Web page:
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Are you monitoring your eye health?

From astigmatism to diabetic retinopathy, many conditions can affect your eyes and their function. Your eyes also reveal more about your general health than you may realize, which is why we recommend seeing an eye doctor regularly. 

If you’re concerned you might have an eye disease, refractive error, or other condition, we encourage you to schedule an eye exam with one of our Independent Doctors of Optometry at your soonest convenience. Click below to find an optical store near you.

Age-Related Macular Degeneration

This eye disease happens due to issues with the macula, which is found at the back of the eye. Age-Related Macular Degeneration can inhibit your central vision. The most common symptoms include a loss of sight, distorted vision, inability to see some objects in color, and blank areas in your front field of view. (Source)

Amblyopia

Amblyopia (lazy eye) prevents your eyes from looking in the same direction at the same time. This can be caused by nerve injury or poor muscle control in the eyes. It can also happen with crossed eyes. But with early treatment, it can often be corrected. (Source)

Astigmatism

This occurs when you have an imperfection in the curvature of the eye. Common symptoms include blurry or distorted vision. Special eyeglass or contact lens prescriptions are used to treat this distortion. (Source)

Cataracts

Cataracts are an eye disease that causes the part of your eye that is usually clear to become clouded, preventing you from focusing light. They’re common in those over 55, but they can also affect young people as early as infancy. Common symptoms of cataracts are blurry vision, light sensitivity, and trouble seeing when it’s dark out. (Source)

Diabetic Retinopathy

Diabetic retinopathy or retinal detachment can occur in people with diabetes. This condition happens when high blood sugar damages the blood vessels in the back of the eye. It can start with floaters (small, detached pieces that interfere with your vision), blurriness, dark areas in your field of vision, or difficulty seeing colors. Without proper treatment, it can lead to vision loss. (Source)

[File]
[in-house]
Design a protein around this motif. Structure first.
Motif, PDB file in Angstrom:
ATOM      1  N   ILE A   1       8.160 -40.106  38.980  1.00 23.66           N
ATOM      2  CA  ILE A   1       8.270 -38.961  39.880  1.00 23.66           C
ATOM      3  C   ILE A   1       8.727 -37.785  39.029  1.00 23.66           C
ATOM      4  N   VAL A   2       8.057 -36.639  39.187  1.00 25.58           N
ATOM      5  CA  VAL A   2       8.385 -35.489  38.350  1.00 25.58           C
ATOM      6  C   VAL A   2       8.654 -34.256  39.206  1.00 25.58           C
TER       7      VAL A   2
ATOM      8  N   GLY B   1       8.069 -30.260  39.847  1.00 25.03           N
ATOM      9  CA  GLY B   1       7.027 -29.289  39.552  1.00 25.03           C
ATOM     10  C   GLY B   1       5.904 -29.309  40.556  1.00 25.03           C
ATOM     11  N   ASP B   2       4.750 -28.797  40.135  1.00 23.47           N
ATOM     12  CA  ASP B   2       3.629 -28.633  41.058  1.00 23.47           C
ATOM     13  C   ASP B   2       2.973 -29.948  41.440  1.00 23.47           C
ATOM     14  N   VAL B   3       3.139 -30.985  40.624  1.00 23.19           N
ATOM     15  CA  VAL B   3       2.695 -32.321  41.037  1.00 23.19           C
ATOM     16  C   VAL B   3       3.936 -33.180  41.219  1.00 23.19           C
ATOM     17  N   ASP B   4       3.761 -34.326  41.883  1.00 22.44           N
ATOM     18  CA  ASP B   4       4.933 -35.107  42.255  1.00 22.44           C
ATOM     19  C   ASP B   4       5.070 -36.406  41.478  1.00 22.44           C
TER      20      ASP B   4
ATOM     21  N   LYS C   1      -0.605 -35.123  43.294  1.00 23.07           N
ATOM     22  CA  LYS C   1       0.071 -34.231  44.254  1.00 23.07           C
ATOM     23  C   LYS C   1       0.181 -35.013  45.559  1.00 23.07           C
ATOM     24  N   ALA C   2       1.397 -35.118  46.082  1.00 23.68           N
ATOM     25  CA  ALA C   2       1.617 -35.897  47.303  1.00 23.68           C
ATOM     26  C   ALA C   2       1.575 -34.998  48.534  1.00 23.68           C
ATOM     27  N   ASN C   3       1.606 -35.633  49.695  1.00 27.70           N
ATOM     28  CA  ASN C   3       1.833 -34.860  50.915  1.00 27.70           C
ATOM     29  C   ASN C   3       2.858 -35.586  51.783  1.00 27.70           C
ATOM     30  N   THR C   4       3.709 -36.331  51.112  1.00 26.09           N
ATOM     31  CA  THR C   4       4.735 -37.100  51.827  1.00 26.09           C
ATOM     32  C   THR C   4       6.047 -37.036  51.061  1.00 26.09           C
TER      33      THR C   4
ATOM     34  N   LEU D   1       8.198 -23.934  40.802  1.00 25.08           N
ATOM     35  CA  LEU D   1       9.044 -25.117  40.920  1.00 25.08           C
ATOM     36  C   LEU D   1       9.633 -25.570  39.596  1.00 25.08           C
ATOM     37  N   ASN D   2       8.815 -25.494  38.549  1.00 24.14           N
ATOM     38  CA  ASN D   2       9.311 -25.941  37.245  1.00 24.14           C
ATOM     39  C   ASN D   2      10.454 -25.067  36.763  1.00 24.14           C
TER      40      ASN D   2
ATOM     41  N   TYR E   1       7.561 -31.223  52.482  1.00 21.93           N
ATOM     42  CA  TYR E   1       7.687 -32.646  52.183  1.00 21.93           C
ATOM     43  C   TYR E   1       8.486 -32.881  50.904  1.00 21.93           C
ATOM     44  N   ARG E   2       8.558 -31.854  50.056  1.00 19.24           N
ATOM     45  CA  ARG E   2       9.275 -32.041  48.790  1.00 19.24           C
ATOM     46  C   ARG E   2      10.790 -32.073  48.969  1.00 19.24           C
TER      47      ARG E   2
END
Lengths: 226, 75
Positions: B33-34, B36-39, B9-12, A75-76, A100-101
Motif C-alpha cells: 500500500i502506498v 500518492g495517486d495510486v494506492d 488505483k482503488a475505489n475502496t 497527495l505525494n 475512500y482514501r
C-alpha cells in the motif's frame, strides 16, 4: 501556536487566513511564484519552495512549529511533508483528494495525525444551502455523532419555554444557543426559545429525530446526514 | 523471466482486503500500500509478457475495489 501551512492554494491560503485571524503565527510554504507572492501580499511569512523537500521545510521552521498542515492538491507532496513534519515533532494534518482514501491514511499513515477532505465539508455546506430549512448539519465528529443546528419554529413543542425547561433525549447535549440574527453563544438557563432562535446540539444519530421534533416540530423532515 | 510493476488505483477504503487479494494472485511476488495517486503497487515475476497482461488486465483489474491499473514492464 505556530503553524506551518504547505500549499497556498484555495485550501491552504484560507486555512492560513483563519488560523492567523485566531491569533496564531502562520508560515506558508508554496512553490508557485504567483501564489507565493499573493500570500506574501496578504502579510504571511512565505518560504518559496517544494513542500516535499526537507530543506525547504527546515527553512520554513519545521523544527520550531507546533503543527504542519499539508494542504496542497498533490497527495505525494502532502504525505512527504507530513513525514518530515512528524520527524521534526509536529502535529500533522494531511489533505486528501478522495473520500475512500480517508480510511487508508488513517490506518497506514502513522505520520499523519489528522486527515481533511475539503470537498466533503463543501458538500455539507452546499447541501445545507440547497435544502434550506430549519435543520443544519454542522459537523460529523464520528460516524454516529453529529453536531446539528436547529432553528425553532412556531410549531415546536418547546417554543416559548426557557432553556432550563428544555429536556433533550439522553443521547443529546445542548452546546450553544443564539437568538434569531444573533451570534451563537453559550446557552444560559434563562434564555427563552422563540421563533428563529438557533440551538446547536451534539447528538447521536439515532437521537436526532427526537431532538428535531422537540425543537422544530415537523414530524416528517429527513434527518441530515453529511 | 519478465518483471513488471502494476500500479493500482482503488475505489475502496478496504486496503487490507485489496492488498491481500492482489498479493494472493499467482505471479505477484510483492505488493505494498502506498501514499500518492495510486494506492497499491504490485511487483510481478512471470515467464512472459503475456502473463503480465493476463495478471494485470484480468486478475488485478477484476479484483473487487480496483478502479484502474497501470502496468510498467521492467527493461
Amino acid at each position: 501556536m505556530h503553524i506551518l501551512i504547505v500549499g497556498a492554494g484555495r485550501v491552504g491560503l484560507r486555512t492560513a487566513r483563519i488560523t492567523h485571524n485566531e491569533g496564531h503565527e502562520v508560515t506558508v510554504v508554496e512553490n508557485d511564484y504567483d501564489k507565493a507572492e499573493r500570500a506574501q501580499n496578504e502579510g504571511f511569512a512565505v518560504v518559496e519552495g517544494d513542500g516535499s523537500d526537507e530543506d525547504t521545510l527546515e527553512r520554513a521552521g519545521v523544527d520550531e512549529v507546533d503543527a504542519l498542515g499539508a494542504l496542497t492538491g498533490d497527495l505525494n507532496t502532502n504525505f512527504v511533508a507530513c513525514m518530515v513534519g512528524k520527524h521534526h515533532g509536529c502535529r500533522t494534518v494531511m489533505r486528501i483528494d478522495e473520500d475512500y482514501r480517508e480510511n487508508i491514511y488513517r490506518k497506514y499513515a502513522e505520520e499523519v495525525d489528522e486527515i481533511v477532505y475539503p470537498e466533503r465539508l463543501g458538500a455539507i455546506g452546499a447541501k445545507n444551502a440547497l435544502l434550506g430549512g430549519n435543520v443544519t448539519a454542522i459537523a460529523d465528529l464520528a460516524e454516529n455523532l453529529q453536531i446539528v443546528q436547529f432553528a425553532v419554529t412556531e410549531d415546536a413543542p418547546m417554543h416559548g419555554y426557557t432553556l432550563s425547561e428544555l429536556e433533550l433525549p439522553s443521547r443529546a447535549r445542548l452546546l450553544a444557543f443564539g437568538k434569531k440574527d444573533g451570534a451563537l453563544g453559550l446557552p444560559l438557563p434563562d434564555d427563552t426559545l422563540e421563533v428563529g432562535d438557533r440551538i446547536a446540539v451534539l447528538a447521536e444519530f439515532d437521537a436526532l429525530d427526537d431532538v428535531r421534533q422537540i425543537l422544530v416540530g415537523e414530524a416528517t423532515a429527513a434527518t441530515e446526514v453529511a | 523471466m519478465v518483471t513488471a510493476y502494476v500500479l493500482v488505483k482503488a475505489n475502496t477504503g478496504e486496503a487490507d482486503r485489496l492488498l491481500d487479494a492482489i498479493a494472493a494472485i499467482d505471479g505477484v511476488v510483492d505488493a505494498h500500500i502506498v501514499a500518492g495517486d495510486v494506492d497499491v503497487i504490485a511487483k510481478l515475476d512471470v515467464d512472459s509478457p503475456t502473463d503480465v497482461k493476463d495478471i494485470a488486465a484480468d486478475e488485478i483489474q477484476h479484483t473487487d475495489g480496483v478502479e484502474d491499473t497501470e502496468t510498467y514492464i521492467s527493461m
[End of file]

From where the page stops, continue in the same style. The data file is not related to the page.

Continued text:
Glaucoma

Having glaucoma means having excess fluid build-up in your eye and, as a result, harm to the optic nerve. Glaucoma is one of the top reasons for vision loss among Americans, and it happens more often in people who have glaucoma in their family. Symptoms of glaucoma may include loss of peripheral or front vision, eye pain, red eyes, or halos around bright lights. (Source)

Hyperopia

Also known as farsightedness, hyperopia occurs most often in adults and causes nearby objects to appear blurry. The constant squinting to focus on things up close can lead to headaches and eye strain. Hyperopia is treated with prescription eyeglasses and contact lenses. (Source)

Myopia

Myopia, or nearsightedness, is often hereditary and makes objects far away from you look blurry. The opposite of hyperopia, squinting to focus on faraway objects can also result in headaches and eye strain. And like hyperopia, myopia is treated with prescription lenses. (Source)

Presbyopia

When your eye lenses harden with age, you may experience presbyopia. This condition is most common in your 40s, but the first symptoms can begin in your youth. Keep in mind that presbyopia is not an eye disease; it also can’t be avoided, so staying aware of what can happen once you get it (including eye fatigue while working on the computer and blurry vision while reading) is the best way to get the vision correction you need. (Source

 

What will happen if I have a rare eye disease?

If an eye doctor determines you or your child have a rare eye disease, they may send you to a specialist for additional testing and treatment. A comprehensive eye exam is the best way to monitor the eyes for such issues.

How can I rule out certain eye conditions?

A comprehensive eye exam is necessary to see if you have (or don’t have) an eye disease or other conditions. During the appointment, the eye doctor will run multiple tests to check your eye health. They will also get an in-depth look at your eye anatomy.

What are eye diseases that cause blindness?

Macular degeneration is the top eye disease to lead to blindness in the U.S. Cataracts and glaucoma can also lead to vision loss if left untreated. (Source) Stay up to date with your vision appointments to test for eye conditions such as these.

Ready to book your eye appointment?

Our eye doctors would love to see you. Click below to get in touch with an optometrist near you today.